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ESX 5.0 to 5.5

ESX 5.0 to 5.5

ESX 5.0 to 5.5

Well the time has come. I have now been tasked with upgrading our ESX5.0 hosts to ESX5.5. Currently I have 10 ESX hosts but 6 of them are pretty old so im looking at introducing 4 new blades with 256Gb of ram and 2 x 6core CPU's and decomm the oldest ones.

Im going to pretty much keep the config of things like the vSwitches the same, we use DRS and our HA is ok. I want to take down the older ESX hosts one by one.. rebuild to 5.5 and update all the firmware etc on those hosts.

My question is... what would be the best way forward? New Environment and migrate or inplace upgrade?
One thing to point out though, I have a need to separate 3 of the hosts and manage them with a seperate vCenter Server (which i have a license sorted for and just need to build a new server) due to some external third party licensing issues.

I know its going to be a big job and I would really appreciate the assistance/guidance.

RE: ESX 5.0 to 5.5

First suggestion, talk to your VMWare vendor about VSOM or VMWare's current Optimization Check promotion. You could get a good deal on your licensing to get 5.5 AND get a licensed copy of Operations Management. If your VMWare vendor has a technical group, you might be able to get the optimization check for free.

Doing an upgrade into a whole new environment does make things a little easier since you have nothing in your way for validation. It is my standard practice to perform a validation of a cluster before putting any production systems on it. When it is a new cluster, the validation is quick and easy since i can simply run through all the tests with out any worry. This would mean you are buying all new servers and maybe a new SAN. BTW, if there is a concern about licenses during the upgrade, I have "borrowed" licenses (good for 60 days) from VMWare before to complete an upgrade into a new system.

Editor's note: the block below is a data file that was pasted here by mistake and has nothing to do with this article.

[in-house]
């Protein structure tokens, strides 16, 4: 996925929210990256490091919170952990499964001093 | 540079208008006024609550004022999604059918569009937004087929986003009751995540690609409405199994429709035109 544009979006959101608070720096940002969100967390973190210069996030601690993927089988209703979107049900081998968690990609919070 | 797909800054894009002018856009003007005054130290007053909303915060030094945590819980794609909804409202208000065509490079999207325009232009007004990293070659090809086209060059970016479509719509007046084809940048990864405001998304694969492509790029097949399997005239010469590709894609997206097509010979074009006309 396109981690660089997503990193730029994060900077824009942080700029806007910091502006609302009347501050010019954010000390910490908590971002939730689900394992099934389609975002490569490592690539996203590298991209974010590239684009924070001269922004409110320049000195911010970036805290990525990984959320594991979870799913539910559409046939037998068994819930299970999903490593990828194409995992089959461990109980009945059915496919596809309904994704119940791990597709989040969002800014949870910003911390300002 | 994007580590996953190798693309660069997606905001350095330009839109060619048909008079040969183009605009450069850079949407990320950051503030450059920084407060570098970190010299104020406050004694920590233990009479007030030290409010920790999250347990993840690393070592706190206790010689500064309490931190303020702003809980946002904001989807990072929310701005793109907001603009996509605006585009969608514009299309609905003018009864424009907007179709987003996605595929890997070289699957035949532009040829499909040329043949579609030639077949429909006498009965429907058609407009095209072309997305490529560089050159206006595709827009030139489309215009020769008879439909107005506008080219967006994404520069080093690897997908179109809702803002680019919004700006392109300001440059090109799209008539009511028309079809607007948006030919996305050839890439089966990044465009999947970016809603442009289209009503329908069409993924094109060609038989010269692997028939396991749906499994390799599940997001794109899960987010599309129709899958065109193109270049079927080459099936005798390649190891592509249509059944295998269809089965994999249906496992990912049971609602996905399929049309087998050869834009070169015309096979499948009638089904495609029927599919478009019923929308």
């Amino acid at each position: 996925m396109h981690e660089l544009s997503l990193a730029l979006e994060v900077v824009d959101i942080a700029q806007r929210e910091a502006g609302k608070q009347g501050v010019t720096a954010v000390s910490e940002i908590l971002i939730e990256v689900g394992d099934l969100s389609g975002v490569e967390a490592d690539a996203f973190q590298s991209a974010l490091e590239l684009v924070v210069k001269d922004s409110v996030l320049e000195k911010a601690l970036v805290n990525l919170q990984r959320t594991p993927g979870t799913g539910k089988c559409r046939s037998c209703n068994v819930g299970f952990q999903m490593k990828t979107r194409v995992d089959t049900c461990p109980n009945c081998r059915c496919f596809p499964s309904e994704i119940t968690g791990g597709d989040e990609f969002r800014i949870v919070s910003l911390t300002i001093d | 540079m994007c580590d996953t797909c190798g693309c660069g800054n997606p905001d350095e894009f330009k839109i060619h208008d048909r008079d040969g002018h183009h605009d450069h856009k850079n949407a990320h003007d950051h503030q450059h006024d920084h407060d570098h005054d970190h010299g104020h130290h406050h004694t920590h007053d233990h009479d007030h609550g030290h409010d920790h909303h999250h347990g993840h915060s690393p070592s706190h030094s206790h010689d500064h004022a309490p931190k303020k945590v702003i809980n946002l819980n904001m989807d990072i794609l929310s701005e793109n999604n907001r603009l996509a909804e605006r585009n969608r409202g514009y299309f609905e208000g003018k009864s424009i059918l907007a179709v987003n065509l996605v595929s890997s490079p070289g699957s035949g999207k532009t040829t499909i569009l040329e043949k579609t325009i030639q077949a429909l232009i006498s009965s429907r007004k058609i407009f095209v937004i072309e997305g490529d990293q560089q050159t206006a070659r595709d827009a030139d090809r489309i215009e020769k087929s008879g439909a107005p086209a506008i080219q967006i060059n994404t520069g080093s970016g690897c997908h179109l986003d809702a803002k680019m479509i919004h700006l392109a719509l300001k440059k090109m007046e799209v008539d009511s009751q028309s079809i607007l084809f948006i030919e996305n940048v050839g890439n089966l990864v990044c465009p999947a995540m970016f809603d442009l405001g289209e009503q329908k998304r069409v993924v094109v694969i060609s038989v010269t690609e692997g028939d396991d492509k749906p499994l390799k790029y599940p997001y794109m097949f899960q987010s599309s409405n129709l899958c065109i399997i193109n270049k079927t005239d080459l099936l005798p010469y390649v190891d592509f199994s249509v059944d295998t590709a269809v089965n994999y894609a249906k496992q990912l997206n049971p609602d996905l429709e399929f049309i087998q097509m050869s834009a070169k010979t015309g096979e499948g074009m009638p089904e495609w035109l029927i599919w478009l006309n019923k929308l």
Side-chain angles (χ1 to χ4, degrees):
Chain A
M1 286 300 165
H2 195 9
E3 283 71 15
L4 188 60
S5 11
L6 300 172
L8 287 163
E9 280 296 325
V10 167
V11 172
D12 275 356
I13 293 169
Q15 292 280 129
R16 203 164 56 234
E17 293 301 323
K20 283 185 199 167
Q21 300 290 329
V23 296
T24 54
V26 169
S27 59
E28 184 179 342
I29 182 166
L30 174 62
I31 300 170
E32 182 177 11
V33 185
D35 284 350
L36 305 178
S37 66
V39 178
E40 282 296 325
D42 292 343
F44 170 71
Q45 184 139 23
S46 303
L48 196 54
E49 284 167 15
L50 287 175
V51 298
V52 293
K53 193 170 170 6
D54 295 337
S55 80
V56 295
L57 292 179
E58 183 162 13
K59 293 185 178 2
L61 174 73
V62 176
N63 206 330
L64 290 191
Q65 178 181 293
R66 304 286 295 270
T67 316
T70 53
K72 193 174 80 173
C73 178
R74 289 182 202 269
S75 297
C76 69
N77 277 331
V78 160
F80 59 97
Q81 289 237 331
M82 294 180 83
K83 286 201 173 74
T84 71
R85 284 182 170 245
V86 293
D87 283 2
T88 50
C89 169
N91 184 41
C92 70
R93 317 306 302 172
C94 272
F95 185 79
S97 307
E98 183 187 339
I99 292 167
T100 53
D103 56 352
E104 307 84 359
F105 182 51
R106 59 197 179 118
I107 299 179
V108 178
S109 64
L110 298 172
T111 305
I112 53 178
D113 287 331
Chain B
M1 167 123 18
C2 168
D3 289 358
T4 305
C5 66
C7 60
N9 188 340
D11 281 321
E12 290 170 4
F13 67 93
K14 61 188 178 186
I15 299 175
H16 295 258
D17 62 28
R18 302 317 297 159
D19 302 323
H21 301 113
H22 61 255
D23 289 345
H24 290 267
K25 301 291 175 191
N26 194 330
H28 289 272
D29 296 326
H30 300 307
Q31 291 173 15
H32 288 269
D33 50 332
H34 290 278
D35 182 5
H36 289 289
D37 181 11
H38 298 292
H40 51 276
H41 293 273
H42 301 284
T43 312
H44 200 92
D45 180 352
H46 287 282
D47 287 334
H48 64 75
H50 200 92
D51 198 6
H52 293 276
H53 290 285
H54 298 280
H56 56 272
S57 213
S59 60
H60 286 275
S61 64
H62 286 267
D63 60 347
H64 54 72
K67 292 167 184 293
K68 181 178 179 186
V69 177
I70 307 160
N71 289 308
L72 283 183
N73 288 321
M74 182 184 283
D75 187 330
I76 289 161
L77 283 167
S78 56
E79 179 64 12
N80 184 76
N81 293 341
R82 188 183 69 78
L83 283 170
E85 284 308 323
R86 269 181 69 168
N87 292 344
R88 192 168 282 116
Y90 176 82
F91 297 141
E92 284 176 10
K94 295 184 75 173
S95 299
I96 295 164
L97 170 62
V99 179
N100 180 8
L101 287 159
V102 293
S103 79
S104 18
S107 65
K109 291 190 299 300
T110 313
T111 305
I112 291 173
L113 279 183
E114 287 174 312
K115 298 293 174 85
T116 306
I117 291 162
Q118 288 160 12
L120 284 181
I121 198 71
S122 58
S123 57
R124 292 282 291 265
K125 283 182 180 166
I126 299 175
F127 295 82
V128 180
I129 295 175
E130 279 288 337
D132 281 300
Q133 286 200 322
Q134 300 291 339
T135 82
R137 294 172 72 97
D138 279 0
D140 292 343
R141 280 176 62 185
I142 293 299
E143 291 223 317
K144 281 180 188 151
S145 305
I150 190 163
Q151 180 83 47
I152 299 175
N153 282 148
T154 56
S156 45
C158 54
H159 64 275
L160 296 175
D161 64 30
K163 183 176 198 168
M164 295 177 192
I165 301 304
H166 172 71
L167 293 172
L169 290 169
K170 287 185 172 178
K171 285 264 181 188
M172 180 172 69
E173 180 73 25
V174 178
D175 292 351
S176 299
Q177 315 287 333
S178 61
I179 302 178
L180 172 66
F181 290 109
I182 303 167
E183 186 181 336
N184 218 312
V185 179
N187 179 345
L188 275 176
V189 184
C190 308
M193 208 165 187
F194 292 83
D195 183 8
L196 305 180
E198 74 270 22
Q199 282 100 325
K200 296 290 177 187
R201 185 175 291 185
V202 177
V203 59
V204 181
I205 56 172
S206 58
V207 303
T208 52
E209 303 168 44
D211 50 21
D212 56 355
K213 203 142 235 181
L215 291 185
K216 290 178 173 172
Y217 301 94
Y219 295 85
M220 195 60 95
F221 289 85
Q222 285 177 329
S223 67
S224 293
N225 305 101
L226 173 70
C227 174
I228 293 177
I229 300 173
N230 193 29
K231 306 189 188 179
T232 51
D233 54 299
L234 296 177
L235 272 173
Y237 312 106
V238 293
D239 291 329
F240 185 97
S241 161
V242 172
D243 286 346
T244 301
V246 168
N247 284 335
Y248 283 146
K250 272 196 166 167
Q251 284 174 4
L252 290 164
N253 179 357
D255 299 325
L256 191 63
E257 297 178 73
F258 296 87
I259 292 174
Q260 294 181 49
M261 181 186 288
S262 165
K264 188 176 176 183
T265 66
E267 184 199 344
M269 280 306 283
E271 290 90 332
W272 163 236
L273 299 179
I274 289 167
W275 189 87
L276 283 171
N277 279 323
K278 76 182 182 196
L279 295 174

The first thing your going to upgrade though will be vCenter. You can upgrade your current vCenter server (as long as it meets 5.5 requirements), or you can replace it. If you have a medium to large dvSwitch setup, using Resource objects, or have a lot of folder organization, than you might want to retain your SQL database. You can do an inplace upgrade to make this easier, or you can migrate the SQL database. In your case, it would make things easier if your SQL server is something other than the vCenter server it's self (if your using SQL express for some reason, get off of it before you have issues). If you have just a simple cluster using no Resource objects, no dvSwitch, and not very invested in the folder setup, than you can simplify the upgrade by building a new vCenter server from scratch. Does not take much to disconnect hosts from the old vCenter and connect to the new vCenter.

Last note, since you will have two vCenter servers in the end, look into Linked mode.

Brent Schmidt Senior Network Engineer
[color red]Keep IT Simple[/color red] http://www.kiscc.com
Novell Platinum Partner Microsoft Gold Partner
VMWare Enterprise Partner Citrix Gold Partner

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